It was pretty clear from the first few minutes of The Grey that it was going to be a more contemplative film than the “Liam Neeson punches the crap out of wolves” movie that the above picture, and the trailers, would have us believe. The film starts out with Ottway — the wolf killer played by Neeson — writing a note to his dead (or at least ill) wife and reciting a poem written by his dead father. He thinks about killing himself and goes so far as to suck on his rifle’s muzzle before thinking twice. It’s all very deliberately paced, and death-haunted, much like the rest of the film is, save for a loud, bravura plane crash sequence here and some viscera-heavy wolf maulings there.
At several points during The Grey, the plane crash survivors sit around and talk about life, death, family — all the things that one might find themselves focusing on were they stuck in the Alaskan wilderness hunted by giant wolves. It’s all emotional in a somewhat macho way and fairly satisfying. There’s a rhythm to the movie: lots of talking followed by an action-y scene where someone dies.
Now while I enjoyed all this, I have to admit that the entire time I was waiting, waiting, waiting for Liam Neeson to strap on some broken airplane liquor bottles and punch some wolves in the face. (Am I alone on this? Was anyone else waiting for a Liam Neeson/canis lupus battle royale? Be honest.) So, after almost two hours of fleeing from the glowy-eyed beasts, after every other character gets eaten or falls to their death or drowns or decides to commit a gentle suicide, Neeson’s character finds himself right smack in the middle of the wolf’s den. Bad luck, sure, but he’s not going down without a fight. (Alright, let’s do this.) He tapes a knife to one hand, (yes) tapes those jagged airplane miniatures to his other (yes!), growls, runs at the alpha (YES!!) and…CUT TO BLACK. (WHAT??)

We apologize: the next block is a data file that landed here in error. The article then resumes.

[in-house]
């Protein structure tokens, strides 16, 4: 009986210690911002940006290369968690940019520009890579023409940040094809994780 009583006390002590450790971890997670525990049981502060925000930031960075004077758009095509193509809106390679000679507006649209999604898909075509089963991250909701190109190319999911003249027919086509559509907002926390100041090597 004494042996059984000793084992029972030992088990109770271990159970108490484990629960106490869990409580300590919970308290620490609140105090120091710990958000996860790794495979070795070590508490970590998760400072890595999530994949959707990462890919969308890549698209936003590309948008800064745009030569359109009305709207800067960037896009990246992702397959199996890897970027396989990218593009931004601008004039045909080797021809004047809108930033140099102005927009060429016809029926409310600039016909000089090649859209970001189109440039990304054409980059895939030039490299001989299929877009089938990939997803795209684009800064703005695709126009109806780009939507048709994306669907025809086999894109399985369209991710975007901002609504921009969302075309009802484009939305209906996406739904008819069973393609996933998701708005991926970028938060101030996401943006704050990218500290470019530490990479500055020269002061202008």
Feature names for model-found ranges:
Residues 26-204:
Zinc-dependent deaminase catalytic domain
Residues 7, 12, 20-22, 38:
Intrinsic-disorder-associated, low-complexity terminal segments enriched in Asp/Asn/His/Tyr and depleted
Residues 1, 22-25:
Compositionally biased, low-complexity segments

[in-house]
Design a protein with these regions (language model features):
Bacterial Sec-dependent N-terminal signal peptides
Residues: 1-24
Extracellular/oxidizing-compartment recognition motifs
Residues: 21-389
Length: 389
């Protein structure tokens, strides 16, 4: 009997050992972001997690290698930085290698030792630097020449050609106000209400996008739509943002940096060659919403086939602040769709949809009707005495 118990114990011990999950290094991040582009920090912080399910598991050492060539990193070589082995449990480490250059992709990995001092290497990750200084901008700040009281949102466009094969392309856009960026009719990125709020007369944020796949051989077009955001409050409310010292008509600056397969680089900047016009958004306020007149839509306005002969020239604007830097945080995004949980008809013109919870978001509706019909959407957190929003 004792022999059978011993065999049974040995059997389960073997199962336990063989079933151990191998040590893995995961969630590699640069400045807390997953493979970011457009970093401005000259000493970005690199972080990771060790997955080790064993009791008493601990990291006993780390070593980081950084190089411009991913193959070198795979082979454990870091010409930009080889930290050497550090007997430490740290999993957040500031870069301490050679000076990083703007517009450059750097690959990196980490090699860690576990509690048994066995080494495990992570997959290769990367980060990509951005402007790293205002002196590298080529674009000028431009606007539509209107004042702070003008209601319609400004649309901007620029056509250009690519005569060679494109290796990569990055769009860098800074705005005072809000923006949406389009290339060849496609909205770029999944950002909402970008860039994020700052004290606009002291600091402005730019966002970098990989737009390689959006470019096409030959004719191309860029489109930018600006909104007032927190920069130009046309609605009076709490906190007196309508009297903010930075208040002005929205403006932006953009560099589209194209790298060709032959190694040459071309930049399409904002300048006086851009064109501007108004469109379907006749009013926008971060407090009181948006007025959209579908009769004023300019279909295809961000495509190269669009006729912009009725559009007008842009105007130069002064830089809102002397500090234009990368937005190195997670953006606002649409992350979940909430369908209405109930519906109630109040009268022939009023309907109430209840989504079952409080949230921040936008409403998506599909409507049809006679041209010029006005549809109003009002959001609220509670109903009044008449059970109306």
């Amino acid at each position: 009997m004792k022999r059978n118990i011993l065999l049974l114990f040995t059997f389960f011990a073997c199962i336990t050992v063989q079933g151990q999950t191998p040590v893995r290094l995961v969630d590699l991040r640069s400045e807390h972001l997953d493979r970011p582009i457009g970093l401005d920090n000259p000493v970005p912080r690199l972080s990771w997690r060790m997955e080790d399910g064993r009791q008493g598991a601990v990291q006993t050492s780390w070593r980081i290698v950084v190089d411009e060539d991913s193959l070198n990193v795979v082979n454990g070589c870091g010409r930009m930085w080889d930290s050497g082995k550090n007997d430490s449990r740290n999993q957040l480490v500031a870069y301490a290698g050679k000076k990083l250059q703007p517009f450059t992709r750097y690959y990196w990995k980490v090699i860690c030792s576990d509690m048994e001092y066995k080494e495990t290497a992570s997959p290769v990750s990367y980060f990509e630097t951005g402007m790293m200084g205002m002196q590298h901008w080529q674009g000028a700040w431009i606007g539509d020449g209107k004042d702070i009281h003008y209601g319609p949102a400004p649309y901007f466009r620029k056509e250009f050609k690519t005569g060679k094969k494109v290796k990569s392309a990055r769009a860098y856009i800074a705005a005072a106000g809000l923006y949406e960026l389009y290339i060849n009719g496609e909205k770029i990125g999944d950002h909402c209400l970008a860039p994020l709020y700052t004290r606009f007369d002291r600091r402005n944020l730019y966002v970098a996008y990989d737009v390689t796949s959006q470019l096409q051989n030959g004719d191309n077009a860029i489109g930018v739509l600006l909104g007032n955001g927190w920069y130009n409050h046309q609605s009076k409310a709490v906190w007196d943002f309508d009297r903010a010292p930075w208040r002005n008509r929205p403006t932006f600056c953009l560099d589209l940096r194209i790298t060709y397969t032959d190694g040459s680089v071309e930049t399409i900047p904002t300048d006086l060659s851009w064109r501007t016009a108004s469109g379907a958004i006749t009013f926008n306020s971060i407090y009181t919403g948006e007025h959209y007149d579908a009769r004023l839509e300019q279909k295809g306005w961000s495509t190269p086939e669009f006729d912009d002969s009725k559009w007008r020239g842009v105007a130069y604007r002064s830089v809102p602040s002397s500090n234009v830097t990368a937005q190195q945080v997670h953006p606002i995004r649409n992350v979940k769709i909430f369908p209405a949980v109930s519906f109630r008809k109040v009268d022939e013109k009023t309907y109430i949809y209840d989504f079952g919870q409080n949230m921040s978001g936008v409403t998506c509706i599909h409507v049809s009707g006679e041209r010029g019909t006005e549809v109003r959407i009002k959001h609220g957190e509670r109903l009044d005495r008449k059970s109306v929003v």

After the shock wore off (Wait, there’s really not going to be any wolf punching?), I exited the theater and tried to accept what the film was trying to do as opposed to what I wanted it to do. Then I read that there’s some post-credits sequence in which we see the aftermath of the Neeson/wolf face-off. That’s when I got really pissed. So pissed I could have punched a wolf. I don’t know anyone other than film critics (and few at that) who sit through movie credits sequences. Usually, most people are rushing out of the theater in an attempt to beat the bathroom line or the traffic out of the parking lot. To market the movie with insinuations of something that doesn’t happen (but then actually does, sort of, but only after all the credits have run) seems the essence of trying to have it both ways. If you’re gonna cut to black at an unexpected moment, own it.
So who else saw The Grey? What did you think about the movie and about the ending in particular? Please let us know in the comments below.